WHILE I was growing up there was always a flurry of excitement when the monthly letter from Australia arrived. My mother’s only sibling, her sister Alice, had lived there from just after I was born. She was very dutiful and wrote home every fortnight.
The first letter went to my grandfather and two weeks later my mother’s arrived. One of her daughters was the spitting image of my grandfather. He was not a demonstrative man, but he puffed on his pipe and smiled until he glowed when we would remark on the likeness in the few photos so gladly received.
My aunt was a qualified nurse and had no bother being accepted for an assisted passage of emigration to Melbourne on a boat that took her to the far side of the world.
Of course, having relatives abroad was not unusual. Three of my father’s brothers lived in England, he himself had lived in Manchester from the age of fourteen in the unending search for “work”. In later years he would travel to Spain and to New York when things were despairingly grim in Ireland.
The story of Ireland, North and South, is tied to the story of Irish emigration. Generations of  economic, political and social expulsion of the country’s brightest and best. My own generation, leaving school in 1988, left in their droves, not out of choice but with no real economic choices on this island. During the 1990 Presidential election, Fianna Fáil candidate Brian Lenihan came to UCD, where I was studying. I went to the hustings to raise the case of Dessie Ellis, who was on hunger strike in Portlaoise, and was roundly booed out of the place by the Section 31 generation who occupied the seats, but I was there long enough to hear Lenihan asked about emigration and his response was that we were getting a great education to go abroad with. Brian Lenihan lost the election to Mary Robinson in an election that is often cited as a turning point in social politics on this island, but those remarks rang in my ears as they caused such little outrage.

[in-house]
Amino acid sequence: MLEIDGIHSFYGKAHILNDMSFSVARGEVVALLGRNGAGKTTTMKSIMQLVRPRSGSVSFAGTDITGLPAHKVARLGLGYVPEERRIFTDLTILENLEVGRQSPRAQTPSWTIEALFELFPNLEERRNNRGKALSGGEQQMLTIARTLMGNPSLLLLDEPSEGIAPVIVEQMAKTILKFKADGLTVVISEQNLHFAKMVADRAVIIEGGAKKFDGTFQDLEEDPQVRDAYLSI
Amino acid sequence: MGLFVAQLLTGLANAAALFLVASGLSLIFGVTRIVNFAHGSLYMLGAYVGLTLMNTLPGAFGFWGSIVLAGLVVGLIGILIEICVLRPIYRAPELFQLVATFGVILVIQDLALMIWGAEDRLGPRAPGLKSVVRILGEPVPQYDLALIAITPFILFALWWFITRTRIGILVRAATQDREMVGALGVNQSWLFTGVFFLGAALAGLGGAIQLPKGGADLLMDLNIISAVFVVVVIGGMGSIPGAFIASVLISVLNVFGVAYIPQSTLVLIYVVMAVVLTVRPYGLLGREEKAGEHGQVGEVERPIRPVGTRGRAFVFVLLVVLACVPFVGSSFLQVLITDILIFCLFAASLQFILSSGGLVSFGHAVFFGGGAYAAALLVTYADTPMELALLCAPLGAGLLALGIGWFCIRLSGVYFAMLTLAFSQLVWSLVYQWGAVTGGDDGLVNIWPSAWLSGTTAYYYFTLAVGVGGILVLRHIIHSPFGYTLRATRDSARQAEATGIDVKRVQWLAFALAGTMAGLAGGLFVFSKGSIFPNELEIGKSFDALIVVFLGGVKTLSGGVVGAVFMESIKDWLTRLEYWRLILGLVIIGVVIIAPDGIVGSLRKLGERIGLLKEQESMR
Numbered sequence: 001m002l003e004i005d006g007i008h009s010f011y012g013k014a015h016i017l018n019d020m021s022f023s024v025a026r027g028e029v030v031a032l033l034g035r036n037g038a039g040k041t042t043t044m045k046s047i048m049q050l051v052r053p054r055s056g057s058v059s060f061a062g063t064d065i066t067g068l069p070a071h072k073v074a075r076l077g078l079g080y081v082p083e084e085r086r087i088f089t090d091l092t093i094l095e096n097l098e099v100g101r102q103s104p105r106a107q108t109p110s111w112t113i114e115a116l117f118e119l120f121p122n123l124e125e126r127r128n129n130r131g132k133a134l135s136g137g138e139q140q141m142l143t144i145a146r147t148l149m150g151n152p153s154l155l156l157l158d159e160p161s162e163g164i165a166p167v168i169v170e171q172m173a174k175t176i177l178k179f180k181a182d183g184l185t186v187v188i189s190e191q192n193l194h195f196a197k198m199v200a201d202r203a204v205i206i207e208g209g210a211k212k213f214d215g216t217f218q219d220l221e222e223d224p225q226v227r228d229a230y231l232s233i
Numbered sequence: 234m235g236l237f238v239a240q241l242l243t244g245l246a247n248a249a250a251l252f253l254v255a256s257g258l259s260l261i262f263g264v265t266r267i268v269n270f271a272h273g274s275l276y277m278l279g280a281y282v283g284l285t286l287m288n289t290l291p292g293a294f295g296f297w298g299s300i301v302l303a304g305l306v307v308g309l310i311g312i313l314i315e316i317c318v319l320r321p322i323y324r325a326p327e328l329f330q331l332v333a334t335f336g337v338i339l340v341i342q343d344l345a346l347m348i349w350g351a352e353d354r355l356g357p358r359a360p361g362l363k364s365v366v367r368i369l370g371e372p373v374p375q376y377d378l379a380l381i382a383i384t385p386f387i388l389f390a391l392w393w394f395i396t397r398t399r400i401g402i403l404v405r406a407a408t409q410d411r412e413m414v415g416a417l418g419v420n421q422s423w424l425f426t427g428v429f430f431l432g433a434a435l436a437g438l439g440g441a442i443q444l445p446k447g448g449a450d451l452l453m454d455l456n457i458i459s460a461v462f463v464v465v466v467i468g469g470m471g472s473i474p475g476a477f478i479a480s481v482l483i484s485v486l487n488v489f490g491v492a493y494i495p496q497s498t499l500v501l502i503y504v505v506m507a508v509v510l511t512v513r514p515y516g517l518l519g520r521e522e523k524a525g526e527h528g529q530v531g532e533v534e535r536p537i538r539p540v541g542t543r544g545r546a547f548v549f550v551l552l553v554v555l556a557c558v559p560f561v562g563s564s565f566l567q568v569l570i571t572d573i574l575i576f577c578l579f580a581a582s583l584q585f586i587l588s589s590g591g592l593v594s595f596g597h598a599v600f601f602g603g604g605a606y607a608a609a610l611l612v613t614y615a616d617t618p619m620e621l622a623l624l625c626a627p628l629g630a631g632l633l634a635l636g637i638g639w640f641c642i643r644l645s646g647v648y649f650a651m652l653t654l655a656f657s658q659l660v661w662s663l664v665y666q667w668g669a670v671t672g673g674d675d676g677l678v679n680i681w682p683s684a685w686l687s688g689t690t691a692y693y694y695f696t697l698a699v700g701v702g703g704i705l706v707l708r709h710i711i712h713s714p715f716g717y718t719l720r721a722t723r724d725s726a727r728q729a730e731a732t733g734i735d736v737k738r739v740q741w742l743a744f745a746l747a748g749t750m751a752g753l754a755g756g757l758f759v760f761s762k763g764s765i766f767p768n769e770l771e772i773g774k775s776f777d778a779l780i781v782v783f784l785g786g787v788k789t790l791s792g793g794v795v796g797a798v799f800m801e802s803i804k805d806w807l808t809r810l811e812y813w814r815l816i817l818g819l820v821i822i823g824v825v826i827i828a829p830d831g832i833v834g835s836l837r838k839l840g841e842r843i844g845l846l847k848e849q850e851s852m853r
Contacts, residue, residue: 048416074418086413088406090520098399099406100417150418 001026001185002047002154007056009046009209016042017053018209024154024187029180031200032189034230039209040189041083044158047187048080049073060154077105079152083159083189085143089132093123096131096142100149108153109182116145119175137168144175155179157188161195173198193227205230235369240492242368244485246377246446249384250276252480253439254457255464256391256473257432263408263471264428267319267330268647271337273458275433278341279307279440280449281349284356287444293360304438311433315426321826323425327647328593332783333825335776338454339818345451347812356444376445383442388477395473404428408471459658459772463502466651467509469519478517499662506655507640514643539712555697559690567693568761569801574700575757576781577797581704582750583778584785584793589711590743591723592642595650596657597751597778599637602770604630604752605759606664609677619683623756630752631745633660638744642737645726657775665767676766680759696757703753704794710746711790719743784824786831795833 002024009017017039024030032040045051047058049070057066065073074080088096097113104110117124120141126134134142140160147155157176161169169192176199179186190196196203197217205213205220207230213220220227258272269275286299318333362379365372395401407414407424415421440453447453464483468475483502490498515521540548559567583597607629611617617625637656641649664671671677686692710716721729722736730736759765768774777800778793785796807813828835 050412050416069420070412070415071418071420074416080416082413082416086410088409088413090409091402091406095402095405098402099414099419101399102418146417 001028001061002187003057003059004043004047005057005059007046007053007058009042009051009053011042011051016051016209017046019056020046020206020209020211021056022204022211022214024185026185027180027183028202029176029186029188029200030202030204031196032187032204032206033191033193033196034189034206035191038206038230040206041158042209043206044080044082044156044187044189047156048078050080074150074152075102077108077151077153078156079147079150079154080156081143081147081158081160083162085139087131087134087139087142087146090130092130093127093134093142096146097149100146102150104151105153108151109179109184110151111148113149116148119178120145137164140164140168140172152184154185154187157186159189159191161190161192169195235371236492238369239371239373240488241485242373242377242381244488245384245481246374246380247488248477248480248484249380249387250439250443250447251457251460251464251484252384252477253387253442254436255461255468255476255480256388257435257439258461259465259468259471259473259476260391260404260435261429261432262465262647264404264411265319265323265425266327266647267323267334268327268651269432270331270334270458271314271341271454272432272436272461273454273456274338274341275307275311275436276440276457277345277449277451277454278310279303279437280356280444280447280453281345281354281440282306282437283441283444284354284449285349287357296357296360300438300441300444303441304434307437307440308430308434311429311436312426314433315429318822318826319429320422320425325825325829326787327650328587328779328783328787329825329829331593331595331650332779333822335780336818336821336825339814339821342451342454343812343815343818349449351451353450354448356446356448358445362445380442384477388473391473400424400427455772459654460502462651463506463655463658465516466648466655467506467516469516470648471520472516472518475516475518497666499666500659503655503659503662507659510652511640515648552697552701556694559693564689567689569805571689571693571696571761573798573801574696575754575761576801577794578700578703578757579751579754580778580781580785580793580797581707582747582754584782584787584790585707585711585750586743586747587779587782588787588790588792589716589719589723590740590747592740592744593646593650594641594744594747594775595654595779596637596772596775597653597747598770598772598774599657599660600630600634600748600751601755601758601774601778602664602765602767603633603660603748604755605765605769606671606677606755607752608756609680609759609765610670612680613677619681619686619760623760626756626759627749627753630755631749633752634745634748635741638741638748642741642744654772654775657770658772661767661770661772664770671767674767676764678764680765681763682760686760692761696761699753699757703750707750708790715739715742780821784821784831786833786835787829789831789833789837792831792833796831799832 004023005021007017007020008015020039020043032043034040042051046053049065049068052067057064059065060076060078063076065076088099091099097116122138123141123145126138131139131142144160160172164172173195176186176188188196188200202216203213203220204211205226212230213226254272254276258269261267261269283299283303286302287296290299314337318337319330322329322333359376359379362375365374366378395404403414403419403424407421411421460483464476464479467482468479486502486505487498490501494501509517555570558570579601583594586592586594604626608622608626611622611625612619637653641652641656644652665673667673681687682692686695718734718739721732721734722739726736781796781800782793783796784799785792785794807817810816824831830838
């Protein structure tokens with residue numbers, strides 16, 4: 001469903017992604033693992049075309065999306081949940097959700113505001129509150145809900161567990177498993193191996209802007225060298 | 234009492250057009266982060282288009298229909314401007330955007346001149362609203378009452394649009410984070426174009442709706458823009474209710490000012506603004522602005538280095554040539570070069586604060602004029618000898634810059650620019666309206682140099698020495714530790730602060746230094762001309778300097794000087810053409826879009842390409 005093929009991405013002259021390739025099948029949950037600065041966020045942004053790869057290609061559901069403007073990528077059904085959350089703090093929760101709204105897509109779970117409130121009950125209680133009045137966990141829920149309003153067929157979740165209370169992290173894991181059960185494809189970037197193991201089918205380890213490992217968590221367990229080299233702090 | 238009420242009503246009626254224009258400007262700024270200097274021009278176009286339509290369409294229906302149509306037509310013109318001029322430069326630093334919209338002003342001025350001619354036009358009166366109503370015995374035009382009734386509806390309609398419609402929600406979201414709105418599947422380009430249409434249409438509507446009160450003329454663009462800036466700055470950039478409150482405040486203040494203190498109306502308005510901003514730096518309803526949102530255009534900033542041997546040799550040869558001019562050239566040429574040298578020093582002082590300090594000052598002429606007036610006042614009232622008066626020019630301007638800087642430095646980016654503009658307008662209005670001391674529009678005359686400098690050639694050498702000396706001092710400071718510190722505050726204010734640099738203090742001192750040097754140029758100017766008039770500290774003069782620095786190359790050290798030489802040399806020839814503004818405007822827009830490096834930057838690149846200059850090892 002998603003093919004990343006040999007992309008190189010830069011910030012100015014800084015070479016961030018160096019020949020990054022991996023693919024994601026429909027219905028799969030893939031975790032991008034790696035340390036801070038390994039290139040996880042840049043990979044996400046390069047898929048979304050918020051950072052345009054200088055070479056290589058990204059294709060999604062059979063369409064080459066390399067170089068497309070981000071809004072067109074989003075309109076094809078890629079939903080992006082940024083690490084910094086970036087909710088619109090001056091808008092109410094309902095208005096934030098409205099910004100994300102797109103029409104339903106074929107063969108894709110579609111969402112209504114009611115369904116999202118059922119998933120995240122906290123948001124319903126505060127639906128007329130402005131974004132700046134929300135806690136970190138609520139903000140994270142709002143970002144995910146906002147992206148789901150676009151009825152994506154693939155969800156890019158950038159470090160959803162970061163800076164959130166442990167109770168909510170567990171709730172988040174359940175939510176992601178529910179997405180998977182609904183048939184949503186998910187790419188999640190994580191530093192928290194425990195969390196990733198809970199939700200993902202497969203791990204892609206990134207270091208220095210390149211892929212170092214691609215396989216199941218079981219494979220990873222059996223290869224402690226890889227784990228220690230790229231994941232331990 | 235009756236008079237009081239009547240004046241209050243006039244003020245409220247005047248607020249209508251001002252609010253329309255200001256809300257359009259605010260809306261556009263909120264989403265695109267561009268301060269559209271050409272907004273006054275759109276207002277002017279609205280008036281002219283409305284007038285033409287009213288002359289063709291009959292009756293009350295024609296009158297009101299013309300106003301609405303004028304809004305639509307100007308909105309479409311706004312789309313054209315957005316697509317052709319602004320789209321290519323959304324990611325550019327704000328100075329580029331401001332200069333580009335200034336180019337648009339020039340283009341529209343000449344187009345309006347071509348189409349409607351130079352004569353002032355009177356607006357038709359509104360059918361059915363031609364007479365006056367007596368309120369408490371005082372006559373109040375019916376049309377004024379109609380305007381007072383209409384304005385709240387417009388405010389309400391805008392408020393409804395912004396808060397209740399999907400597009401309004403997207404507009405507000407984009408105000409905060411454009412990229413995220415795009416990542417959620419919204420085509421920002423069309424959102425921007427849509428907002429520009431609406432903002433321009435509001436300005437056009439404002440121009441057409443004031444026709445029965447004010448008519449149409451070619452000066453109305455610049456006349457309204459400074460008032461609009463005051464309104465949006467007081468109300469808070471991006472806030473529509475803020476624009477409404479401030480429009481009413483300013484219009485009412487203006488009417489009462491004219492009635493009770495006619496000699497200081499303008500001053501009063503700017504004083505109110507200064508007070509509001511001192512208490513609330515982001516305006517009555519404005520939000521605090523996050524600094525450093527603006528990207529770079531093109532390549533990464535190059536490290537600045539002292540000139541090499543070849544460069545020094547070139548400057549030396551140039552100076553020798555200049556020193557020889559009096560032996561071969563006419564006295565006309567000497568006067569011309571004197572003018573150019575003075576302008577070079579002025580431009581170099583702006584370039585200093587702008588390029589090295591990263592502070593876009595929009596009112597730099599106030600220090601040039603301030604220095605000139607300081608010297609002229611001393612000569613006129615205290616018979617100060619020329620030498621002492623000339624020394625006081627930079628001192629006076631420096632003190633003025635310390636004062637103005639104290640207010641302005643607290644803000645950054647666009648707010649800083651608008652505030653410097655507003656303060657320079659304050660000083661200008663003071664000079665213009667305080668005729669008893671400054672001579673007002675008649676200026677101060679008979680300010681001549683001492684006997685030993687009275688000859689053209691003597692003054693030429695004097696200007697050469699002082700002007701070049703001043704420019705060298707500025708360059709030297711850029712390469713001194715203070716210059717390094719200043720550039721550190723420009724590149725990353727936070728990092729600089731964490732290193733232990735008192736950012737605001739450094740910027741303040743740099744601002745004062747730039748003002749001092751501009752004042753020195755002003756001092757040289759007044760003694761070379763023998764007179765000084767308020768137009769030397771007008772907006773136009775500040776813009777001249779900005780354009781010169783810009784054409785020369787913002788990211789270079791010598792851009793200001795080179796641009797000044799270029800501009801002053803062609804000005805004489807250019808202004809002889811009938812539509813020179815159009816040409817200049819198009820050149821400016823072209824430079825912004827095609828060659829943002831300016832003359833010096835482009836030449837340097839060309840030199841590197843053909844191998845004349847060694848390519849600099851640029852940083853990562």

Times have changed since then. There has been an economic miracle on this island and a transformation in social attitudes. However, there is a generation of young men and women who are still being forced to seek work abroad. Just like my aunt, the men and women whose vocation is in medicine are being forced by conditions and pay to look beyond their homes.
Every single student and newly qualified nurse and doctor will have had a conversation with someone about how they can earn better money in America, Dubai, Australia, just about anywhere. And work in far better conditions where they are respected as professionals, rather than abusable skivvies.
In the very reductive analysis of some people, the Executive was resurrected as a result of the actions of the nursing unions who pointed to the need for local administration. No-one who is being honest thinks that the core issues at stake in those strikes are resolved, or even close. Last summer saw 600 local nurses leave their careers, such is the strain they are under.
The health services across the island remain in disgrace, but no reform is possible while its workforce is booking a flight in despair and sadness.